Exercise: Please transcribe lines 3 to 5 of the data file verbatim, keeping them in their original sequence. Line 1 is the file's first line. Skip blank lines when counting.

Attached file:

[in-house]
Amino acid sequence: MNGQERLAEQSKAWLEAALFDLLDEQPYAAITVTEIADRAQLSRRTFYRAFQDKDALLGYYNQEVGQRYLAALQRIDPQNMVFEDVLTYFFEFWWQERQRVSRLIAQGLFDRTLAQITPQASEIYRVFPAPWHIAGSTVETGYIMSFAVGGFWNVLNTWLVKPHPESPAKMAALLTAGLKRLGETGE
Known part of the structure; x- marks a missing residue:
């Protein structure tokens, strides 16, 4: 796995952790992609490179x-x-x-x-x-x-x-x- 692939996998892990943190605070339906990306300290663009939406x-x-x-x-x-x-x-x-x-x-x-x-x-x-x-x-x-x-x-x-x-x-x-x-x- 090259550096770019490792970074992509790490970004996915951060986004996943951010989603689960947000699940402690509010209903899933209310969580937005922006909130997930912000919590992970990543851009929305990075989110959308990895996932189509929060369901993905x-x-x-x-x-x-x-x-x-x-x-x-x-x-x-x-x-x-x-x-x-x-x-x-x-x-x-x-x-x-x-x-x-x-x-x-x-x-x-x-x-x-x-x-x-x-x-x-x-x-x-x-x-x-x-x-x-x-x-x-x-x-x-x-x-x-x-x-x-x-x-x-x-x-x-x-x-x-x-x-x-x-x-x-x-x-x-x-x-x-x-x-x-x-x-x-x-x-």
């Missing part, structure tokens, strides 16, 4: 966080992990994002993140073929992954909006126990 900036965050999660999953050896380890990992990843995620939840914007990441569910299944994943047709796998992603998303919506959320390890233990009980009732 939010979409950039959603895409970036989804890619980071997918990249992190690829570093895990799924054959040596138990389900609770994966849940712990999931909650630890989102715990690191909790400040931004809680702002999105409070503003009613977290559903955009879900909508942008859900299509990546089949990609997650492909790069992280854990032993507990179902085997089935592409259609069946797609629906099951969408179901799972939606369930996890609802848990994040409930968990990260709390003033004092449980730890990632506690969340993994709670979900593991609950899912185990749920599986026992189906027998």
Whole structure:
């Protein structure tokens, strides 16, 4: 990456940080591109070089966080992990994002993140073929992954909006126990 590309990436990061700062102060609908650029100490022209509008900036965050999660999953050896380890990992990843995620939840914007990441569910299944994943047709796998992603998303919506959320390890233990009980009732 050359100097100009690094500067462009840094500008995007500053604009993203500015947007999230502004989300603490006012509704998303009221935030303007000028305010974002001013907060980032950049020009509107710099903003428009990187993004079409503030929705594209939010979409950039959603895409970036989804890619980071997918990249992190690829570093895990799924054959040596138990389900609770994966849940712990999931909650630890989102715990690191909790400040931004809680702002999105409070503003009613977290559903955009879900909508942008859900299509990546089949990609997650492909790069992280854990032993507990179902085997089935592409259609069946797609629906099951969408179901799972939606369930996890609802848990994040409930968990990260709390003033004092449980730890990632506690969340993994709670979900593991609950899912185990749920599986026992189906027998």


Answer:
Known part of the structure; x- marks a missing residue:
């Protein structure tokens, strides 16, 4: 796995952790992609490179x-x-x-x-x-x-x-x- 692939996998892990943190605070339906990306300290663009939406x-x-x-x-x-x-x-x-x-x-x-x-x-x-x-x-x-x-x-x-x-x-x-x-x- 090259550096770019490792970074992509790490970004996915951060986004996943951010989603689960947000699940402690509010209903899933209310969580937005922006909130997930912000919590992970990543851009929305990075989110959308990895996932189509929060369901993905x-x-x-x-x-x-x-x-x-x-x-x-x-x-x-x-x-x-x-x-x-x-x-x-x-x-x-x-x-x-x-x-x-x-x-x-x-x-x-x-x-x-x-x-x-x-x-x-x-x-x-x-x-x-x-x-x-x-x-x-x-x-x-x-x-x-x-x-x-x-x-x-x-x-x-x-x-x-x-x-x-x-x-x-x-x-x-x-x-x-x-x-x-x-x-x-x-x-």
């Missing part, structure tokens, strides 16, 4: 966080992990994002993140073929992954909006126990 900036965050999660999953050896380890990992990843995620939840914007990441569910299944994943047709796998992603998303919506959320390890233990009980009732 939010979409950039959603895409970036989804890619980071997918990249992190690829570093895990799924054959040596138990389900609770994966849940712990999931909650630890989102715990690191909790400040931004809680702002999105409070503003009613977290559903955009879900909508942008859900299509990546089949990609997650492909790069992280854990032993507990179902085997089935592409259609069946797609629906099951969408179901799972939606369930996890609802848990994040409930968990990260709390003033004092449980730890990632506690969340993994709670979900593991609950899912185990749920599986026992189906027998």